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Massachusetts hospitality sector eyes ways to speed recovery

Worthington Street in downtown Springfield, Massachusetts, is home to several clubs with live music, as well as other bars and restaurants.
Elizabeth Román
/
NEPM
Worthington Street in downtown Springfield, Massachusetts, is home to several clubs with live music, as well as other bars and restaurants.

Tourism in the greater Boston area is rebounding more quickly than some experts anticipated in the early days of the COVID-19 pandemic, and industry leaders think a focus on in-person work and government aid could help accelerate that trend.

Heads of hotel, restaurant and events groups voiced optimism Friday about the outlook for a region hit hard by mandated shutdowns and dramatic changes in travel behavior.

While overall state tax receipts have soared during the pandemic, American Hotel and Lodging Association CEO Chip Rogers said Massachusetts missed out on $500 million in tax revenue in 2020 and 2021 that he said would have flowed if pre-pandemic patterns continued.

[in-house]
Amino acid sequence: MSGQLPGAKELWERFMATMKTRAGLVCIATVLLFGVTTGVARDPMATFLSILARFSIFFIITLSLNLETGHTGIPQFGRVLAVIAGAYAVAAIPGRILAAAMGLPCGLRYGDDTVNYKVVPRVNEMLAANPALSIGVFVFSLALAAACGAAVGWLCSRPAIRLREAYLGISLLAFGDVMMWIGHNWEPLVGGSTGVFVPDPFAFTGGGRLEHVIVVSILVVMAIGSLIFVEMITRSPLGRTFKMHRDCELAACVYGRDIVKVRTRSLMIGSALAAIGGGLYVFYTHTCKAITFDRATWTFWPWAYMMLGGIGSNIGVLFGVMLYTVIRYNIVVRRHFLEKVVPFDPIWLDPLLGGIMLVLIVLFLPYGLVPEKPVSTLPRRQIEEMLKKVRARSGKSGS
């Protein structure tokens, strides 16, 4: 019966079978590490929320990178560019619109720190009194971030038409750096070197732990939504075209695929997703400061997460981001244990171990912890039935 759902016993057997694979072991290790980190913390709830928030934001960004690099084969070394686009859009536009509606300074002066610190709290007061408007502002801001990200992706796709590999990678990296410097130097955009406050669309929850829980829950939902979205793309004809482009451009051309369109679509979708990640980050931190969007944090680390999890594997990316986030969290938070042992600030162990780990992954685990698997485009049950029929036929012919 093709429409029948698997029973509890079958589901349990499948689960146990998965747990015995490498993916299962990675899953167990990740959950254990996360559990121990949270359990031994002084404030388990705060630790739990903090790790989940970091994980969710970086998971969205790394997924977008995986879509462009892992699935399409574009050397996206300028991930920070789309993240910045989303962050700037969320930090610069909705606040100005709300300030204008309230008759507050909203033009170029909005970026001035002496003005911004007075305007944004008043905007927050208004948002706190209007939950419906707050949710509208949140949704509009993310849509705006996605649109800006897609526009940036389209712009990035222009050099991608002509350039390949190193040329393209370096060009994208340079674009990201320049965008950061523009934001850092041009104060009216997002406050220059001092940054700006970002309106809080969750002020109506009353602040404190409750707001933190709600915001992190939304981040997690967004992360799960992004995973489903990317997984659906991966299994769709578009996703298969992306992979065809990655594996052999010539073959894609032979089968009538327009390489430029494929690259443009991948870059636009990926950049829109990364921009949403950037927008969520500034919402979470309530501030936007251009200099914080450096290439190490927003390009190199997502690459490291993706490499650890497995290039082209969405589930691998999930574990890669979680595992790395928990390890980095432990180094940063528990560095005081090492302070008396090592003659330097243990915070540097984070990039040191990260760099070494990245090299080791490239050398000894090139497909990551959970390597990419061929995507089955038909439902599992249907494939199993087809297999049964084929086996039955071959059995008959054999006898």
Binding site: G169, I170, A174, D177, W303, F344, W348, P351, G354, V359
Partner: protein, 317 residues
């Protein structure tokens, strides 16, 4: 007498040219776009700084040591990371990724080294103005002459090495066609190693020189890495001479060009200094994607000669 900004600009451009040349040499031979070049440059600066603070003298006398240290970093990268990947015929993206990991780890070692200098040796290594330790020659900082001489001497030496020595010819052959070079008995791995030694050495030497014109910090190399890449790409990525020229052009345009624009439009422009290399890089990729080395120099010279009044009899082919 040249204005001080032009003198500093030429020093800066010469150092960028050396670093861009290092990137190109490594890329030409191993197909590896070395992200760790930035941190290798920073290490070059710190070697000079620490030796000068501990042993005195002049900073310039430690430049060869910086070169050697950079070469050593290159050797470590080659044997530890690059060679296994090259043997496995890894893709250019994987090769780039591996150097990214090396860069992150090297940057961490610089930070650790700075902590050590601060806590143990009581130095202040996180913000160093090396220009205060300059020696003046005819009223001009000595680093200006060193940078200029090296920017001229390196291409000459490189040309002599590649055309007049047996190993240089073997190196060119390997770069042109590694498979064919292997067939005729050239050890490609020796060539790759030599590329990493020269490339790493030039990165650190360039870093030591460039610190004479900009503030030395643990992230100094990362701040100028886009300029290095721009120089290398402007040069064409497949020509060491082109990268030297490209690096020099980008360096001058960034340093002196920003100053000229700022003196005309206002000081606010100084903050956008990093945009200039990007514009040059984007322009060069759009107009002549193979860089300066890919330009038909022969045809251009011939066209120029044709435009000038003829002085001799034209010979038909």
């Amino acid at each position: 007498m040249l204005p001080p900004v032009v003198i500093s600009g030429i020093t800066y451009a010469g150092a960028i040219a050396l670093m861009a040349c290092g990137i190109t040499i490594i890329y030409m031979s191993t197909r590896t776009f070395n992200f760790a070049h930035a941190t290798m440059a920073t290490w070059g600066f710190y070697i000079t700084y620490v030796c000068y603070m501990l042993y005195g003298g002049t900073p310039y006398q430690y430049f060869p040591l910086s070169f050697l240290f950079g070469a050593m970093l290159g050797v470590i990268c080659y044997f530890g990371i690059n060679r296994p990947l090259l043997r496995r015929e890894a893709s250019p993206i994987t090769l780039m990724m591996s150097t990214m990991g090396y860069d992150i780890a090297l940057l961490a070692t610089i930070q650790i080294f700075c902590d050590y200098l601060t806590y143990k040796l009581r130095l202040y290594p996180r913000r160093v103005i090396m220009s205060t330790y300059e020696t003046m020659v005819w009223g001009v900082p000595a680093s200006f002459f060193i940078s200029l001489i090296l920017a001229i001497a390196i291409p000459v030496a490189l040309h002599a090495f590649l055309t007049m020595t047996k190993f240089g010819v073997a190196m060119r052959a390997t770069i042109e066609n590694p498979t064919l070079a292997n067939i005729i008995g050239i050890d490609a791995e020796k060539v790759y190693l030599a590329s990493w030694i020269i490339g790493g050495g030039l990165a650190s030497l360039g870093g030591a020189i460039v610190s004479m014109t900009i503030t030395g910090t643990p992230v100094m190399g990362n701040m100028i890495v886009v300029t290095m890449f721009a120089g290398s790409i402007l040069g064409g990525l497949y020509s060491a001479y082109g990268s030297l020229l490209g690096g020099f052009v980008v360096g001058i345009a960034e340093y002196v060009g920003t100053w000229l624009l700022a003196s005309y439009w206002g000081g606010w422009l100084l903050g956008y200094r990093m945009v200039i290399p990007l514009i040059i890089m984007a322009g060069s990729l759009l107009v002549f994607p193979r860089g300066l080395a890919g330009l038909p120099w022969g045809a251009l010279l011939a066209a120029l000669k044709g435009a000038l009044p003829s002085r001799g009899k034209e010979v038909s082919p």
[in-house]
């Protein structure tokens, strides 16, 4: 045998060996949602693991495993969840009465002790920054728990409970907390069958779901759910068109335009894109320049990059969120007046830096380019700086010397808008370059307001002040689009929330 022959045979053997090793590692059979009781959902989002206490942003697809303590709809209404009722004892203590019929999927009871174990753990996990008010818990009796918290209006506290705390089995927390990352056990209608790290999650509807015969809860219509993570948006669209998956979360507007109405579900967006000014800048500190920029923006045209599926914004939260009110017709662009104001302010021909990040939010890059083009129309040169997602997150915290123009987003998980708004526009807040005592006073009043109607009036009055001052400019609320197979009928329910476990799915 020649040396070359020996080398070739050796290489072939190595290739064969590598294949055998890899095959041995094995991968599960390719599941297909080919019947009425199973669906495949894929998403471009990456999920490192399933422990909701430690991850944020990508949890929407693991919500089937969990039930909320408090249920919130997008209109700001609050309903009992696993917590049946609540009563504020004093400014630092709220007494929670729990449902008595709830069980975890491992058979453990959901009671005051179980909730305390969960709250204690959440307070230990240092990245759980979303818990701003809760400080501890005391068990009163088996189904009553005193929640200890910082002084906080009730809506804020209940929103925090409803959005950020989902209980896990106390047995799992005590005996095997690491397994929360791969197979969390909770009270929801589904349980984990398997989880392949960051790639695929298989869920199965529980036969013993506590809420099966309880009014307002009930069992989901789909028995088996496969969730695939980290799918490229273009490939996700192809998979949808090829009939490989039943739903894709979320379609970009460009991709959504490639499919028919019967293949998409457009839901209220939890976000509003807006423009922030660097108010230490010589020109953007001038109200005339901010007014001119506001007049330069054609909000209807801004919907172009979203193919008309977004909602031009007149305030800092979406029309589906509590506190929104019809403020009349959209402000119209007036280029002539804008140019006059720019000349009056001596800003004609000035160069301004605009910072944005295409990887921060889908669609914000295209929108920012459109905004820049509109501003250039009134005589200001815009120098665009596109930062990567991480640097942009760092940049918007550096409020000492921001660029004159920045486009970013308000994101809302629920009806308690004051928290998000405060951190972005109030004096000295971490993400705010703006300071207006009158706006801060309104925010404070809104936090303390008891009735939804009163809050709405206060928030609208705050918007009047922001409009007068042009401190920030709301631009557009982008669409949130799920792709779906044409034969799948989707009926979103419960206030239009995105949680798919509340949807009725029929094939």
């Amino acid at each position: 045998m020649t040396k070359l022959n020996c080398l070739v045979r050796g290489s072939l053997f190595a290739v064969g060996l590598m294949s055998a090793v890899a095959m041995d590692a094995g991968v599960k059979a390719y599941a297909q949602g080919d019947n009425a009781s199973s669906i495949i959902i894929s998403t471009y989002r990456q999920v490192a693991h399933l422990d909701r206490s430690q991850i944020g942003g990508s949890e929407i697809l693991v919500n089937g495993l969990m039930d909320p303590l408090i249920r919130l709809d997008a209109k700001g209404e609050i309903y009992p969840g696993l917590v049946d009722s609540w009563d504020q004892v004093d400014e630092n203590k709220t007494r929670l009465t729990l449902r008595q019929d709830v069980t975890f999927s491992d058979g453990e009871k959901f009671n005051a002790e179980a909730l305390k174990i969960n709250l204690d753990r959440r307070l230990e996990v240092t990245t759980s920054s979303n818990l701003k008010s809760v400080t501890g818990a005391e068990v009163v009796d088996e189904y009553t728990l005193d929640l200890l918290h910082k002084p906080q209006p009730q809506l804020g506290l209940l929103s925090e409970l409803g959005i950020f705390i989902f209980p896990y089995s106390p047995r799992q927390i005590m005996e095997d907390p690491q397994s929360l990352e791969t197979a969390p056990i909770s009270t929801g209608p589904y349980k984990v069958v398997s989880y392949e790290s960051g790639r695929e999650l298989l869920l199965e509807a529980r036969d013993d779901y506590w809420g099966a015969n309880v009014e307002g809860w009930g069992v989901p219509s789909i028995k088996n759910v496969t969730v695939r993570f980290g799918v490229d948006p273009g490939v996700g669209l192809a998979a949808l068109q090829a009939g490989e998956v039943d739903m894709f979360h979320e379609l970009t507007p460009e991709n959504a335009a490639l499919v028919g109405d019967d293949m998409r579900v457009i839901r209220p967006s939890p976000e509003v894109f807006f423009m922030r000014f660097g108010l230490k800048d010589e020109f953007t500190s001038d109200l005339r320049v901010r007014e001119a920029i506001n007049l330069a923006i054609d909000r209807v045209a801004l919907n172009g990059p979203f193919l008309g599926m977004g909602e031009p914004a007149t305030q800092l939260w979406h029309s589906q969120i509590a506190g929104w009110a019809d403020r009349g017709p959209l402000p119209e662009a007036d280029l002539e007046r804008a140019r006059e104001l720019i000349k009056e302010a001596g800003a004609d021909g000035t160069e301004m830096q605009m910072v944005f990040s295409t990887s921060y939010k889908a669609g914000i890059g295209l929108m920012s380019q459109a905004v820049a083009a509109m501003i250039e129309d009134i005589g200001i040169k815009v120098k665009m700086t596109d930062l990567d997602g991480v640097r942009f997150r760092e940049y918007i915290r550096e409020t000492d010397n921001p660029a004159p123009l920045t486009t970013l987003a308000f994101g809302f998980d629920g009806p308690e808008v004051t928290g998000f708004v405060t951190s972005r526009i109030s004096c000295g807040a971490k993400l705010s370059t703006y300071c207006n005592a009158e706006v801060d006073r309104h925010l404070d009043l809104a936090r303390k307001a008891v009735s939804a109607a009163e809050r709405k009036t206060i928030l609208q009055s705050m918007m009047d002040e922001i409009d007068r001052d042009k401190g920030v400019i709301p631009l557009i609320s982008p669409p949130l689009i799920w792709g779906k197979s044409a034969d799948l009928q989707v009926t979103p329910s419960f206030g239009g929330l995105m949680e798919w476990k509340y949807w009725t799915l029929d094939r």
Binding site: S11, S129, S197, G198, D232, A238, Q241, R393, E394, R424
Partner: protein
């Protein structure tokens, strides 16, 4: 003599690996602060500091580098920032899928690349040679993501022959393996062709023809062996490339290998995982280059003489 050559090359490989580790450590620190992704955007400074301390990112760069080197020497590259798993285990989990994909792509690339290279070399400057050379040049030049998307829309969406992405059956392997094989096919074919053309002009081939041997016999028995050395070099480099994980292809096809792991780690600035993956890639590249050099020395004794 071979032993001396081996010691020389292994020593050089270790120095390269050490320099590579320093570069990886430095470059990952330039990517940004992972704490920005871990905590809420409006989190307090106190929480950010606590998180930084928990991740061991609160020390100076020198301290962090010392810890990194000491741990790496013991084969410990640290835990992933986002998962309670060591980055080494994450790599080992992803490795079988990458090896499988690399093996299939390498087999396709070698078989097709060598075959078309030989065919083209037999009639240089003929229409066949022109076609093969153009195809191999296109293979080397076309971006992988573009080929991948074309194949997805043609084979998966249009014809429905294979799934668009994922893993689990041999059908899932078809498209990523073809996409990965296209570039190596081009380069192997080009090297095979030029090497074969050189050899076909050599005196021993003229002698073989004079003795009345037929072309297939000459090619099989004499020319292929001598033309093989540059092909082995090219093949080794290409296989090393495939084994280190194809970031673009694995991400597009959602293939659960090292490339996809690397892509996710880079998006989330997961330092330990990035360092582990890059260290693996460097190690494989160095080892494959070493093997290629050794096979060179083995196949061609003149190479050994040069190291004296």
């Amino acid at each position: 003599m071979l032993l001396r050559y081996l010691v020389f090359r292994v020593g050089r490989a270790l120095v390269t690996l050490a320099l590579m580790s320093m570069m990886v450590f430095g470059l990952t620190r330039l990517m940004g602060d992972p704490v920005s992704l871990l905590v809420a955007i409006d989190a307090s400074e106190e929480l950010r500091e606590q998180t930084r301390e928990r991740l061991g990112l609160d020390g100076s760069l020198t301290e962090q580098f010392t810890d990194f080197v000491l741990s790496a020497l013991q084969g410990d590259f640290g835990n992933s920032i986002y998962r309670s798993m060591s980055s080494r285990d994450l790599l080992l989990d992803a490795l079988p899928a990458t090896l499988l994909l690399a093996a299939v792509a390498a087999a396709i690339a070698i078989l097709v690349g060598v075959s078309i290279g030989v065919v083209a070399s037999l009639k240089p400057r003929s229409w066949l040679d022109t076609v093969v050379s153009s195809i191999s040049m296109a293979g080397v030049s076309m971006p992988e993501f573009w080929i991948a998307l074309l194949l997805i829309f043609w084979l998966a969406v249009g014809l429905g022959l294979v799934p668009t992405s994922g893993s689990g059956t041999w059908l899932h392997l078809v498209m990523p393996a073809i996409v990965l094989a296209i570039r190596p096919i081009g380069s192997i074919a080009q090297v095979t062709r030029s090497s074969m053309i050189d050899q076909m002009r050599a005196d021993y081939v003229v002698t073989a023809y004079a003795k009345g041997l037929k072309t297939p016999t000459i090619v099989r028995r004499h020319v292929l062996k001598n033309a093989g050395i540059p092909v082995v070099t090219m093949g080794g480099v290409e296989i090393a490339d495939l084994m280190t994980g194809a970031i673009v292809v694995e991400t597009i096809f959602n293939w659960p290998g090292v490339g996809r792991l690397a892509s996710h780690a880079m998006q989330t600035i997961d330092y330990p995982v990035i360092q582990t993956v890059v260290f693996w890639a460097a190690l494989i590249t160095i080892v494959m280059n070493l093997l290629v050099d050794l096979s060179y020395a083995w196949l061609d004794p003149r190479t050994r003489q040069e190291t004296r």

Rogers forecasts that leisure travel could hit an all-time high this summer, driven by patrons who are eager to resume old patterns, and said their activity will send ripples out into the local economy at large.

"People are ready to get back to normal, spend money, enjoy their time," Rogers said at an event about reigniting travel to Boston. "For every $100 spent on a hotel room, $222 was spent outside that hotel room in other local businesses."

Still, while conventions and industry events have started to increase, Rogers said business travel remains depressed. Both he and Massachusetts Restaurant Association President and CEO Bob Luz called on employers to bring workers back into offices wherever possible to generate more activity in city spaces.

Luz also urged the Legislature, where lawmakers are sitting on $2.3 billion in unspent federal American Rescue Plan Act funds, to steer more funding to support recovery in the hotel industry, describing them as a sparkplug that drives business to restaurants.

"Hotels have been left without a lot of assistance from a federal level or a state level," Luz said. "The return on investment is there for the state ... That ecosystem works, and if we put more money into it, it's going to put more people to work here in Massachusetts, it's going to put more tax return into the state coffers."

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